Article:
Justice Sector Reform 101 has been developed as a training program specifically for the benefit of World Bank Group staff. The objective of this course is to provide an introduction to justice sector development work at the Bank. While this specific training event will be conducted in a condensed form as part of the Law, Justice and Development Week, the event is open to all Bank staff interested in learning about the core elements of justice sector work at the Bank.
Over this two-day course, leading justice sector experts and practitioners from inside the Bank will guide trainees through a program of interactive and practical assignments focusing on the core elements justice reform projects. The program includes a practical assignment for trainees to be covered within two day program.
Justice sector experts with World Bank experience will present to trainees the main issues involved in assessing, designing and evaluating key components of justice reform projects; namely, conducting a diagnostic, addressing infrastructure shortcomings, reducing court delay, improving access to justice, enhancing human resource capacities , engaging with the non-formal justice sector, and monitoring and evaluating justice sector reform programs. General background information and other resource materials will be provided to each participant.
Thursday, November 11, 2010
|8:45am – 9:15 am|
Registration and Breakfast
|9:15am – 9:30am|
Welcome and Overview of the Program
Christina Biebesheimer and Heike Gramckow (LEGJR)
This session will provide a short summary of the Bank’s track record in justice reform, what is easy and what is problematic in justice sector reform projects. This will be followed by an overview of the program.
|09:30am – 11:00am |
Ground Work: Identifying the Challenges through Justice Sector Diagnostics
Linn Hammergren (consultant)
Learn about and discuss the different tools available for diagnosing the justice sector, including: choosing assessment methodologies, comprehensive justice sector assessments vs. partial assessments; desk reviews; descriptive data versus problem focus; data collection methodologies; how to generate and utilize empirical data; process; identifying and engaging with stakeholders; incorporating these tools into existing World Bank AAA products such as CGACs and Country Economic Memorandum.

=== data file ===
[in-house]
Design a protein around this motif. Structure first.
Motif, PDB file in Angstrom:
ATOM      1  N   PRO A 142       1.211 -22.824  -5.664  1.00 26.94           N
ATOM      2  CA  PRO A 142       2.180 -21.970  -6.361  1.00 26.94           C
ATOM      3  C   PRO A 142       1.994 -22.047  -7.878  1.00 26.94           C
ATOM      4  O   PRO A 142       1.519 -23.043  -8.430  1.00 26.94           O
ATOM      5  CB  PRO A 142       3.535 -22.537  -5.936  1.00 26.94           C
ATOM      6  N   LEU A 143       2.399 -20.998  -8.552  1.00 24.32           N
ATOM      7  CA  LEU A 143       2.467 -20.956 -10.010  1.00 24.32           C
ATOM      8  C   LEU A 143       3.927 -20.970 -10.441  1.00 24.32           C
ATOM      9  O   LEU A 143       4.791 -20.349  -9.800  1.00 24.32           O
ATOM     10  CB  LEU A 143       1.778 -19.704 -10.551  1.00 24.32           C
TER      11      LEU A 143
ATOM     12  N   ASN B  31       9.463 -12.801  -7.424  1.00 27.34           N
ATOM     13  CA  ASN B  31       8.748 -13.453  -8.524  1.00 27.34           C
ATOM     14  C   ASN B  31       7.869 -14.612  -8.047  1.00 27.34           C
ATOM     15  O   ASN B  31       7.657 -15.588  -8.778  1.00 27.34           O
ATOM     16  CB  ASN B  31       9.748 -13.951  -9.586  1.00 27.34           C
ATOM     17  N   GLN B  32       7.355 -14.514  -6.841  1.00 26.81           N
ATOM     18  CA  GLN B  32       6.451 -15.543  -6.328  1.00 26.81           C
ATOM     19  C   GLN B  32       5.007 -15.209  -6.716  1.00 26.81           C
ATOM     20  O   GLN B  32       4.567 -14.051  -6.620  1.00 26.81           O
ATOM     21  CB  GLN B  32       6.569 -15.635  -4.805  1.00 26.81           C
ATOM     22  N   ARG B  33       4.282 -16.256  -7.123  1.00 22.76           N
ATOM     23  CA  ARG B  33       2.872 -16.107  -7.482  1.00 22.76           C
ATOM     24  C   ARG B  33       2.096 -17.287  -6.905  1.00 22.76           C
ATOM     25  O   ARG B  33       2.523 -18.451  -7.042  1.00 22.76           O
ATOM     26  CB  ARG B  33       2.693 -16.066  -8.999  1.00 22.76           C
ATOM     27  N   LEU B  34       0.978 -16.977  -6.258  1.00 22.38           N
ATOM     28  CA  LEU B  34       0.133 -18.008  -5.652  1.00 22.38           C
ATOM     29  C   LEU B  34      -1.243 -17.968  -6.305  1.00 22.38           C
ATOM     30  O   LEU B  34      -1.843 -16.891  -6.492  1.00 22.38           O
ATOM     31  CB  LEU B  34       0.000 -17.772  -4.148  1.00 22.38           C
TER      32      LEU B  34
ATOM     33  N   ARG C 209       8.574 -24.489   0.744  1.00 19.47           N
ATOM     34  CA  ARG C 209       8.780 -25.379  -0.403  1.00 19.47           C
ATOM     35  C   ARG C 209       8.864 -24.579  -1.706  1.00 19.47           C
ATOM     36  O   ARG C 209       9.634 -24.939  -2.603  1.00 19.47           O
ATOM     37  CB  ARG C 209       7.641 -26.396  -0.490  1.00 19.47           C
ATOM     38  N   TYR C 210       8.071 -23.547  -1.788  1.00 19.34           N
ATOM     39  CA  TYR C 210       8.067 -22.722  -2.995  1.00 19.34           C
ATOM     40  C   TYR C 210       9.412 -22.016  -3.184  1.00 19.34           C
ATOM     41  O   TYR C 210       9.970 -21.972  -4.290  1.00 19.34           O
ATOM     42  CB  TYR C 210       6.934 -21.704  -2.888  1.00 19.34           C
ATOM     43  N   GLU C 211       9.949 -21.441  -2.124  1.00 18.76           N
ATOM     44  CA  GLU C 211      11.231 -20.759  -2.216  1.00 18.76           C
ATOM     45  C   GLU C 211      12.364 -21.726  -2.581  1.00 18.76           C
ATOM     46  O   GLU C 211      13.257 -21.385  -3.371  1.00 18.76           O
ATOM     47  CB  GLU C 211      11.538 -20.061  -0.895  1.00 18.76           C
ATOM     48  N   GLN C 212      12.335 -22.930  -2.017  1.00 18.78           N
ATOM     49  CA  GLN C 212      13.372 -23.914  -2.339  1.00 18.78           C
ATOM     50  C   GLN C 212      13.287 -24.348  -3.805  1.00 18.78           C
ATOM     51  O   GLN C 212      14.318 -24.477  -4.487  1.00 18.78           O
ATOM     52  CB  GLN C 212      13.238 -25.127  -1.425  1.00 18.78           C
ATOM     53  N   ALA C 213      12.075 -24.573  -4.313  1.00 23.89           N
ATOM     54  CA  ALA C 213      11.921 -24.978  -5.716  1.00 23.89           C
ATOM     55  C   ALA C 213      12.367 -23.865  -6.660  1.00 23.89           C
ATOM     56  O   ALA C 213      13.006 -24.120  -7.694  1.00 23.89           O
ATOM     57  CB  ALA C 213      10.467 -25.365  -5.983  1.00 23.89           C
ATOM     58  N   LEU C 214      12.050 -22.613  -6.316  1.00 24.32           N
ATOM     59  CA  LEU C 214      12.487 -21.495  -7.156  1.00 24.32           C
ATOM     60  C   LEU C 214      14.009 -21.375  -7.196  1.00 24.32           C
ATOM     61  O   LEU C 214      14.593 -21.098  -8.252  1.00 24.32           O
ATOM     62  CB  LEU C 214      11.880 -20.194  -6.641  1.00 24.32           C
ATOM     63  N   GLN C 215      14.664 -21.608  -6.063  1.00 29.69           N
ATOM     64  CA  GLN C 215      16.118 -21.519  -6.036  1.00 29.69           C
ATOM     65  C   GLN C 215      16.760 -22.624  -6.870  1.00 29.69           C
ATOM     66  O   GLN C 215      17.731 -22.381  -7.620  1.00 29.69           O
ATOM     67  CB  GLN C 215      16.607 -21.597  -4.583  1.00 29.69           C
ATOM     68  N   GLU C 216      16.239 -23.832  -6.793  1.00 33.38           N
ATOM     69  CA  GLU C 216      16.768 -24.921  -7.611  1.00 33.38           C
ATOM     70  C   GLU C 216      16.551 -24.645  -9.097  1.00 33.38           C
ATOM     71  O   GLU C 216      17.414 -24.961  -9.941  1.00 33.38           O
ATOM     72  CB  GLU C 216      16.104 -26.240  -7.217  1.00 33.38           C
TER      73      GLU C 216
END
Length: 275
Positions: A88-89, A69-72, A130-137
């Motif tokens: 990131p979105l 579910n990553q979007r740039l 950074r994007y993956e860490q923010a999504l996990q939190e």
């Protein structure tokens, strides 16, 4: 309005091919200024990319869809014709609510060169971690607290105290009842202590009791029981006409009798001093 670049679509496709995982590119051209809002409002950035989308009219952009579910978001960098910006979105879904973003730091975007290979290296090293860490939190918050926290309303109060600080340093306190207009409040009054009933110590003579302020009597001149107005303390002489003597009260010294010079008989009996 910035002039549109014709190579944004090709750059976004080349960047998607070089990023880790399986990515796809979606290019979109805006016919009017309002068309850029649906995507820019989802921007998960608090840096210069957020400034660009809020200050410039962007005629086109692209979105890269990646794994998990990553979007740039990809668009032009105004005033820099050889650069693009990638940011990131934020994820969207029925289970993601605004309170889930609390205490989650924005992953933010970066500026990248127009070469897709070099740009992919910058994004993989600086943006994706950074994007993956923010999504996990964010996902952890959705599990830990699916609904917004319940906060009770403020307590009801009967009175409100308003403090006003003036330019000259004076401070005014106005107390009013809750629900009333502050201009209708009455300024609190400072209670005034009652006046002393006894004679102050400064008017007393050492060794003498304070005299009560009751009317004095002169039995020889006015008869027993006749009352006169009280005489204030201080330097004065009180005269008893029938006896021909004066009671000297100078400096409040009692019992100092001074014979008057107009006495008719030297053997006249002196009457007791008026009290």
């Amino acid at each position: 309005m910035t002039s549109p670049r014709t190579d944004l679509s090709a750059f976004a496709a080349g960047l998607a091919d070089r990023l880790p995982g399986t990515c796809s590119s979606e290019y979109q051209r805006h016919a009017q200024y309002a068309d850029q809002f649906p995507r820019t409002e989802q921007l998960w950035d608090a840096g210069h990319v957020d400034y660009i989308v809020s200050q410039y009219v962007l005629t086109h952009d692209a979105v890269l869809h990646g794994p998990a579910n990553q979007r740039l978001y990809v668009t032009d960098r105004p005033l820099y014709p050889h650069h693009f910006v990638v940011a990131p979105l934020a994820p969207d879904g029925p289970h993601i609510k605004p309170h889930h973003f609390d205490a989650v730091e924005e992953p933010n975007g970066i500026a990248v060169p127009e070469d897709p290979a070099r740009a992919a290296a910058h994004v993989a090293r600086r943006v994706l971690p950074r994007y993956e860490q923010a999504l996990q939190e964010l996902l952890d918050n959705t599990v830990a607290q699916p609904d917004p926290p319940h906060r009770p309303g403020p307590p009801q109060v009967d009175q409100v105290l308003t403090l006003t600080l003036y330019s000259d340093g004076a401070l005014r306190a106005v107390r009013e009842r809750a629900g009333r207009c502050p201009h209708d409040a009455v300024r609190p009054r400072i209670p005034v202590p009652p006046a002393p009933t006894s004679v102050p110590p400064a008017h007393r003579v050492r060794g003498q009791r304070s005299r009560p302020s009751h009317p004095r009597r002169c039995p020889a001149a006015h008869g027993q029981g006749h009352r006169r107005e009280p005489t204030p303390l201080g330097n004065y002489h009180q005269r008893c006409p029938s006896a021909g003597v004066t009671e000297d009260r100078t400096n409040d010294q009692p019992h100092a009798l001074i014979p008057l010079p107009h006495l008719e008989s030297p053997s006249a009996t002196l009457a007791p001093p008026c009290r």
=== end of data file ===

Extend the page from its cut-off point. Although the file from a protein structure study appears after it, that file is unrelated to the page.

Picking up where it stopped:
|11:15am – 12:30pm|
Typical Challenge 1: Delay in Service Delivery by Justice Sector Institutions
Barry Walsh (LEGJR)
Delay is one of the most common symptoms of a dysfunctional justice system. The causes, however, can be manifold and the strategy to address delay will need to be based on empirical evidence and address the specific causes identified.
|12:30pm – 2:00pm||Lunch break|
|2:00pm – 3:30pm|
Typical Challenge 2: Lack of Access to Justice
Waleed Malik (PSM) and Vivek Maru (LEGJR)
Access to justice is more than just a label for bottom-up activities. Different segments of the population may find access difficult for a variety of reasons ranging from lack of empowerment, lack of information, cost, distance, bias and culture. It is important to be clear about what may be the access challenges in order to address them successfully.
|3:45pm – 5:15pm|
Typical Challenge 3: Insufficient Human Resource Capacity
Luba Beardsley (LEGJR)
Human resources in justice systems of many developing countries lack the capacity to perform in their jobs. This is true for judges, prosecutors, and court staff alike, but also for other legal professionals. Training programs and the establishment of judicial training academies are therefore a common element of donor responses. This session will look at typical issues around training and training institutions.
|5:15pm – 5:30pm||Wrapping up the day and discussing assignments|
Heike Gramckow (LEGJR)
Friday, November 12, 2010
|9:15am – 10:45am|
Typical Challenge 4: Inappropriate and Decrepit Judicial Infrastructure
Klaus Decker (PSM) and Gerry Thacker (consultant)
The justice systems in many developing countries suffer from an infrastructure that has insufficient coverage, is not designed for judicial institutions, and is in such bad shape that service delivery to those seeking justice is seriously affected. This session will shed light on how justice reform programs can address this challenge.
|10:45am – 11:00am|
|11:00am – 12:30pm|
Typical Challenge 5: Legal pluralism and Justice in Development
Nick Menzies and Rea Abada Chiongson (LEGJR)
Legal pluralism can be defined as the presence of more than one legal order in a given context. Most, if not all, countries in all regions of the world can be characterized as being legally plural. Yet in certain contexts, particularly where state law is weak, legal pluralism presents particular challenges for development. Designers of successful Bank projects in legally plural contexts need, not only to explore and consider the multiple strands that make up the law, but to also consider the ways development projects across the spectrum of the Bank's work can affect the plural regulatory environment. This session will explore the growing part of the Bank's justice portfolio that is undertaken with this outlook.
|12:30pm – 2:00pm|
Working Lunch – Developing the exercise assignment
|2:00pm – 3:30pm|
Monitoring and Evaluation of Justice Reform Activities
Heike Gramckow (LEGJR)
Developing a solid monitoring and evaluation framework for justice reform activities, defining realistic targets, choosing smart outcome and output indicators and using a sound data mix can be a challenging undertaking, even for experienced task team leaders. This session will provide participants with useful insights and guidance.
|3:30pm – 3:45pm|
|3:45pm – 5:15pm||Practical Assignment Presentation - The course participants will present their practical case assignment in teams.|
Discussants: Rick Messick, Christina Biebesheimer, Heike Gramckow, Barry Walsh
|5:15pm – 5:30pm||Wrapping up the course|
Christina Biebesheimer (LEGJR)